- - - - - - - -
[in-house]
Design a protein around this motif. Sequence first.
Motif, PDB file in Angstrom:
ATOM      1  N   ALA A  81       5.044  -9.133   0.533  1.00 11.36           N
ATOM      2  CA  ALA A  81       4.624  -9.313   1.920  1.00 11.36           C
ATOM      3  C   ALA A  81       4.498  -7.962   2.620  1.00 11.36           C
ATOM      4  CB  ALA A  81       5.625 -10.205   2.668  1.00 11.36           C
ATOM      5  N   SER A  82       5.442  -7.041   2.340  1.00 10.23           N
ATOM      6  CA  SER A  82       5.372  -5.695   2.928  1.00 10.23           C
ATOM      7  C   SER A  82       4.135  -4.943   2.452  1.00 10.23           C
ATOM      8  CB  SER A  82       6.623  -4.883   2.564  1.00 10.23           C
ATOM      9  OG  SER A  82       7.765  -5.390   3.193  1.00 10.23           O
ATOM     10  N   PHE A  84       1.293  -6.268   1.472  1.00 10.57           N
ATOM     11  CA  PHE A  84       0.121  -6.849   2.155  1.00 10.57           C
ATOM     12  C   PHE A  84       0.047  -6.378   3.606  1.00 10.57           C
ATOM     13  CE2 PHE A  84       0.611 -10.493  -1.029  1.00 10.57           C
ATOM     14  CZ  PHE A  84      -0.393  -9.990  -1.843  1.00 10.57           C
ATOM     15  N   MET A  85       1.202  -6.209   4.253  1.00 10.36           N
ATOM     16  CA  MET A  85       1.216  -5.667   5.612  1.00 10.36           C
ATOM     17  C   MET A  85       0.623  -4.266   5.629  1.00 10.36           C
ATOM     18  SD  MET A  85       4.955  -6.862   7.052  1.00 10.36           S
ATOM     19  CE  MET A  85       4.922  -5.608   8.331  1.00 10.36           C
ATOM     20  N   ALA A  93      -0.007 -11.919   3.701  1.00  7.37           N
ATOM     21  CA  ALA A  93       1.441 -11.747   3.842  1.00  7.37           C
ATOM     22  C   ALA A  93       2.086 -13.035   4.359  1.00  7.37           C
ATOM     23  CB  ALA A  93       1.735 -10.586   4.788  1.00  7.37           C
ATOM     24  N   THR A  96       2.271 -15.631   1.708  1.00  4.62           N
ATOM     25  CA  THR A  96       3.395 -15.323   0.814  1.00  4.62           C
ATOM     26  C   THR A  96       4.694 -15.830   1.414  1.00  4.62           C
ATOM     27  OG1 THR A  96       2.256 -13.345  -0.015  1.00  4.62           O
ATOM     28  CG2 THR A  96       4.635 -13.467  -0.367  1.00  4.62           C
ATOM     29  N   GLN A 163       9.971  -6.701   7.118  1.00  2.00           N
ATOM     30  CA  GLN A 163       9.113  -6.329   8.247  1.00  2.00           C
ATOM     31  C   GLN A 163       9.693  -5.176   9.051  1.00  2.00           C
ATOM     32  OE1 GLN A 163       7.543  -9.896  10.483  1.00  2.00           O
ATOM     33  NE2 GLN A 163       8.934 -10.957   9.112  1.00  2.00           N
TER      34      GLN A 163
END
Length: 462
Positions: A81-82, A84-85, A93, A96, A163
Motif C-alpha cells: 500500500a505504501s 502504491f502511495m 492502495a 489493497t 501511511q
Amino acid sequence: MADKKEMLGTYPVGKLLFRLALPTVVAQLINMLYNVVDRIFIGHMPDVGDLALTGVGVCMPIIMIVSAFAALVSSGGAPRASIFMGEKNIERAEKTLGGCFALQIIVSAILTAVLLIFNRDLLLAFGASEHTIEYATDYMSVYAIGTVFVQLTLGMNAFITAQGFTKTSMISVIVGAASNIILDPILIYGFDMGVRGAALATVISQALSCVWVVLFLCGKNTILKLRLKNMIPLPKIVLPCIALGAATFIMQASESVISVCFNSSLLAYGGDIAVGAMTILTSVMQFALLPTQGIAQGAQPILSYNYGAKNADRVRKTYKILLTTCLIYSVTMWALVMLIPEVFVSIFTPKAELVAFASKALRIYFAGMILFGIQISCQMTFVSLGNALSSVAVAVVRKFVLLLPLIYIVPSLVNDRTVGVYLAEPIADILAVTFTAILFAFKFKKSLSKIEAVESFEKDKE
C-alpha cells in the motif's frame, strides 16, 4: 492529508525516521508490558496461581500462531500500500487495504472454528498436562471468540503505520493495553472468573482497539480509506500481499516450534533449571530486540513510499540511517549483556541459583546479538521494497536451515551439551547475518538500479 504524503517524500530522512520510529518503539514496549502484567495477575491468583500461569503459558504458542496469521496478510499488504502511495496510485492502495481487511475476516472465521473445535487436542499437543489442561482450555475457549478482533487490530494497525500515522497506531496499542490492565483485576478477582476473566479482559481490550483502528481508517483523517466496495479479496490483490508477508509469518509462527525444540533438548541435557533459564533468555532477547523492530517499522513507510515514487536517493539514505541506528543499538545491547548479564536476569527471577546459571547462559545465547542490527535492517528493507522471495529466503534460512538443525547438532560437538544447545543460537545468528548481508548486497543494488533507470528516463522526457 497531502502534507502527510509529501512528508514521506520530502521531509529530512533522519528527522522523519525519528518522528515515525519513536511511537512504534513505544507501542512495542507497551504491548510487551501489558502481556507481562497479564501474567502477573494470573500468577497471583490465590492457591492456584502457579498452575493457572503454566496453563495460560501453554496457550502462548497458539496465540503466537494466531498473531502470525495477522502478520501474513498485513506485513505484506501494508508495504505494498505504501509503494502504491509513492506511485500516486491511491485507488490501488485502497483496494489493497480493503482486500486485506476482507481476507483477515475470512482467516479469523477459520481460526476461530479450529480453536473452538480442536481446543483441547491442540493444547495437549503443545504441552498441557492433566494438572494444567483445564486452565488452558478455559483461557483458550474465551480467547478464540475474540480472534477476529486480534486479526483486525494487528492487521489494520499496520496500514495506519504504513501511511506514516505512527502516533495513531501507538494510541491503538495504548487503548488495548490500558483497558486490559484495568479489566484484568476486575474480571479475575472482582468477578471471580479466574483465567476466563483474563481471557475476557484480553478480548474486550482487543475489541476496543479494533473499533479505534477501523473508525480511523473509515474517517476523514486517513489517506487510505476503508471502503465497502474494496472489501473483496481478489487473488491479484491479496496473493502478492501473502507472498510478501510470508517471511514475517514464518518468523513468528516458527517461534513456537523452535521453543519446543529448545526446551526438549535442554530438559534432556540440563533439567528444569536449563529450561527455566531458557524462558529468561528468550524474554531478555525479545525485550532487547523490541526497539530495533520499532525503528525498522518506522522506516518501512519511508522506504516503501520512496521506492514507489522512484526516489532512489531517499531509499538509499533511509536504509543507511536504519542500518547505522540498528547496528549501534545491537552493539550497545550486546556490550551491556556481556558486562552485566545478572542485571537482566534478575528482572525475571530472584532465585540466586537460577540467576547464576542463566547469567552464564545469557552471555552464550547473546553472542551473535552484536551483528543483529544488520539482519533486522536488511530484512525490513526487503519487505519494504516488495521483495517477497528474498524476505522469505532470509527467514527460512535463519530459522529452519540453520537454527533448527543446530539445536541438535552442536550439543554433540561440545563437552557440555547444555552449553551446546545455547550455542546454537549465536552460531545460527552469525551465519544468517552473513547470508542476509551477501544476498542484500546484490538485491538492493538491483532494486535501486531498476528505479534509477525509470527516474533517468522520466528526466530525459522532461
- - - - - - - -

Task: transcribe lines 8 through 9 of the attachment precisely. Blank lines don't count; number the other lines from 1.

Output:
ATOM      5  N   SER A  82       5.442  -7.041   2.340  1.00 10.23           N
ATOM      6  CA  SER A  82       5.372  -5.695   2.928  1.00 10.23           C